Amy Kolb Noyes

Public Post Reporter

Amy is an award winning journalist who has worked in print and radio in Vermont since 1991. She has been a VPR contributor since 2006, primarily covering the Lamoille Valley. Amy has a B.S in Broadcast Journalism from Syracuse University. She is author of Nontoxic Housecleaning, published as part of the Chelsea Green Guide series, and Living the Green Up Way, an activity and storybook published by Green Up Vermont.

Public Post

Amy is VPR's Public Post reporter, reporting stories and trends from Vermont cities and towns that are interesting and relevant to the entire state. Amy uses the Public Post app to monitor documents from Vermont's city and town websites and track news coming from local government. If you've got a story idea or news tip email Amy or reach out to her on Twitter.

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The Green Mountain Byway, as established a decade ago, ran from Route 2 in Waterbury Village and up Route 100 through Stowe. Now the byway has been extended to include four more Lamoille County towns.
Amy Kolb Noyes / VPR

As peak foliage colors spread across the Green Mountains, it’s not a bad time to go for a drive or a bike ride. One good route is the newly-expanded Green Mountain Byway.

Participants at the Lamoille Works Workforce Development Meetup broke up into small groups to learn more about their colleagues and the work they do.
Amy Kolb Noyes / VPR

Vermont’s low unemployment rate can make it hard for employers to find workers. But it can also open up doors for people who face employment barriers.

The bar at Smugglers' Notch Distillery with posters of products and bottles lining the counter.
Amy Kolb Noyes / VPR

Next week Smugglers’ Notch Distillery plans a ribbon cutting celebration for its new space in Jeffersonville. It’s a prime example of ongoing economic changes in Lamoille County, as the forestry industry is replaced with businesses fueled by tourism.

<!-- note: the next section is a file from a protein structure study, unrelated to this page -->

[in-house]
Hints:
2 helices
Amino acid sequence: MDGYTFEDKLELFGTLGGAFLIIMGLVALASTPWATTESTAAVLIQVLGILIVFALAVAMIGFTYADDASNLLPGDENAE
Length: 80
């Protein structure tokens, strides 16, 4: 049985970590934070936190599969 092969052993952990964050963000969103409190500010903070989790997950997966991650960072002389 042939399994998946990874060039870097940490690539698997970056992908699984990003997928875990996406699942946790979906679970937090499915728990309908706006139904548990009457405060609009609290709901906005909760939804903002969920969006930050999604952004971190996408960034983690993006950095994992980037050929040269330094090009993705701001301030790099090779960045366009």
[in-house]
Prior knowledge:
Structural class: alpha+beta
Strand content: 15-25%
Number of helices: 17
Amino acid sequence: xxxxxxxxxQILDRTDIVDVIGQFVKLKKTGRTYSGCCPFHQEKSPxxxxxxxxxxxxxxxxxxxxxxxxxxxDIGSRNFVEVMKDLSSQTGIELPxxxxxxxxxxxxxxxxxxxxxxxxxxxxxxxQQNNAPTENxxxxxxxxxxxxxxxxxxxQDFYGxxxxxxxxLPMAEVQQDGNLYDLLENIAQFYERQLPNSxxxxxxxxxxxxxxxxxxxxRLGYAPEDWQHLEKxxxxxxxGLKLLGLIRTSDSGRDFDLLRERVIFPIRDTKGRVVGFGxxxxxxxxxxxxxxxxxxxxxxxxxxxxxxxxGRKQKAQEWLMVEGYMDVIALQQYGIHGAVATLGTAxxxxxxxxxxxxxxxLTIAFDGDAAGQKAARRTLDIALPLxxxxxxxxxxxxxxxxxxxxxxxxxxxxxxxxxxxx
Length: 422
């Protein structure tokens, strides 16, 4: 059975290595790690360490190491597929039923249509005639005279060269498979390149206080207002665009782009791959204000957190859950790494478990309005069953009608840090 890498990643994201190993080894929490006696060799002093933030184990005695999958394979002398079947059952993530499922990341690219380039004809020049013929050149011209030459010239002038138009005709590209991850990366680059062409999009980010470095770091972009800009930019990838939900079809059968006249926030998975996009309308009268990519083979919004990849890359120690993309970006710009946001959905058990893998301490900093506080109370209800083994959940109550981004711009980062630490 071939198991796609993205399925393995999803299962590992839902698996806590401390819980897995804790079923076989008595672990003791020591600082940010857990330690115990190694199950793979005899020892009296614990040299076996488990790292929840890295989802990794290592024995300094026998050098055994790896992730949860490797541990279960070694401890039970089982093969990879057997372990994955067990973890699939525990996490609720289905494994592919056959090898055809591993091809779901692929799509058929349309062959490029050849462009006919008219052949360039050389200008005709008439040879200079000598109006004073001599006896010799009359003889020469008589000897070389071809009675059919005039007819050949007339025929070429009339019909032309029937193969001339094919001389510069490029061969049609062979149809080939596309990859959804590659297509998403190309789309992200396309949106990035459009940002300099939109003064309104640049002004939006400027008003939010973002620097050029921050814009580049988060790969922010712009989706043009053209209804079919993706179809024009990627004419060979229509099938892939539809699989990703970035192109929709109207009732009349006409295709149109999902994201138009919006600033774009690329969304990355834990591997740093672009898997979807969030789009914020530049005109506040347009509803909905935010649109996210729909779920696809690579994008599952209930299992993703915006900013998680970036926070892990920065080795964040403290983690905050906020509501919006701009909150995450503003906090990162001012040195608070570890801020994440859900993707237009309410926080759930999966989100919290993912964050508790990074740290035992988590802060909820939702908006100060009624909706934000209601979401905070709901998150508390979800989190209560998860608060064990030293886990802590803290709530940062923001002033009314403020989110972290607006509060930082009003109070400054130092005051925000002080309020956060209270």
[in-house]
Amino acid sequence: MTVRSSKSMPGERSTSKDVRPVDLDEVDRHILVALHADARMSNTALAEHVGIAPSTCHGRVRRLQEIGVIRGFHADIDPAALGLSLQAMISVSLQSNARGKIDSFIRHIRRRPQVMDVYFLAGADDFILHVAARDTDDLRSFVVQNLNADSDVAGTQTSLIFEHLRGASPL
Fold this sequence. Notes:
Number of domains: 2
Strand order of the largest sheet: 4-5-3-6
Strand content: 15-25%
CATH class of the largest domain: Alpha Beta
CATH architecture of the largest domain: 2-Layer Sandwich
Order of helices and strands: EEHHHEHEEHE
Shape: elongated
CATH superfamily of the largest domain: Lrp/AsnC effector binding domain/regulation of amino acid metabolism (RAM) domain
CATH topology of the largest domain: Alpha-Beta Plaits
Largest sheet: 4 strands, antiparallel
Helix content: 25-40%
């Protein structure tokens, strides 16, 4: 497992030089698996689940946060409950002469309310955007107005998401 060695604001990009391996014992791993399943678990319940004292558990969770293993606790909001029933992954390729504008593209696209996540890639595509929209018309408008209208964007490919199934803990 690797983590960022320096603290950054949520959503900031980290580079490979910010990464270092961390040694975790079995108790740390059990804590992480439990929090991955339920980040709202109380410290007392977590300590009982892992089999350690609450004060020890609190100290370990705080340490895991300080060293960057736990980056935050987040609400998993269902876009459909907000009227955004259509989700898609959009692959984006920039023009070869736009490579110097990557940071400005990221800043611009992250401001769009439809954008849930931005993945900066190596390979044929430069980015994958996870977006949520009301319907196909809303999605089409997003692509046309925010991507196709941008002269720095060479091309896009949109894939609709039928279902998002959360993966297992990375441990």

Illustrator Harry Bliss, his dog Penny, author Kate DiCamillo and The Flying Pig Bookstore owner Elizabeth Bluemle pose at The Film House, in Burlington. All three (humans) happen to be creators of picture books about dogs, published by Candlewick Press.
Amy Kolb Noyes / VPR

Over the weekend, a crowd of picture book fans got a chance to meet award-winning author Kate DiCamillo and illustrator Harry Bliss, a part-time Burlington resident. Attendees also got to know one of the furry, four-legged inspirations for the duo's new picture book.

Third graders Max Becker, Anastasia Moshovetis and Eliza Frehsee, from left, hold up a question about Leo Arden, a character in one of Chris Harris' poems whose parents forgot to teach him the number eight.
Amy Kolb Noyes / VPR

At Guilford Central School, the entire school – kindergarten through sixth grade – gets together for Community Music Time.

Sometimes musicians from the greater community come in to perform. But on the day Dorothy's List was there, it was small ensembles of sixth graders who took the spotlight to highlight a book they'd read.

The two toddlers currently enrolled at LouLou's Pre-K & Family Child Care have a lot of books and toys to choose from. Once the home day care is licensed by the state, up to ten children will be allowed to enroll.
Amy Kolb Noyes / VPR

If you've ever looked for child care in Vermont, you know it can be tough to find openings. But it can also be a tough, and expensive, process for providers to open up and register with the state.

The organization Vermont Birth to Five is trying to help make it easier. 

Monday evening, a citizen group called Don't Undermine Memphremagog's Purity (DUMP) held a panel discussion about a proposed expansion of the Coventry landfill. The panelists sit along a table in front of a brick wall while one speaks.
Amy Kolb Noyes / VPR

Most of the trash generated in Vermont is trucked to the state’s only permitted landfill in the Northeast Kingdom. The landfill's owner has plans to expand it, and this week residents from both sides of the U.S.-Canada border pushed back on those plans.

The Elmore Town Hall at dusk
Amy Kolb Noyes / VPR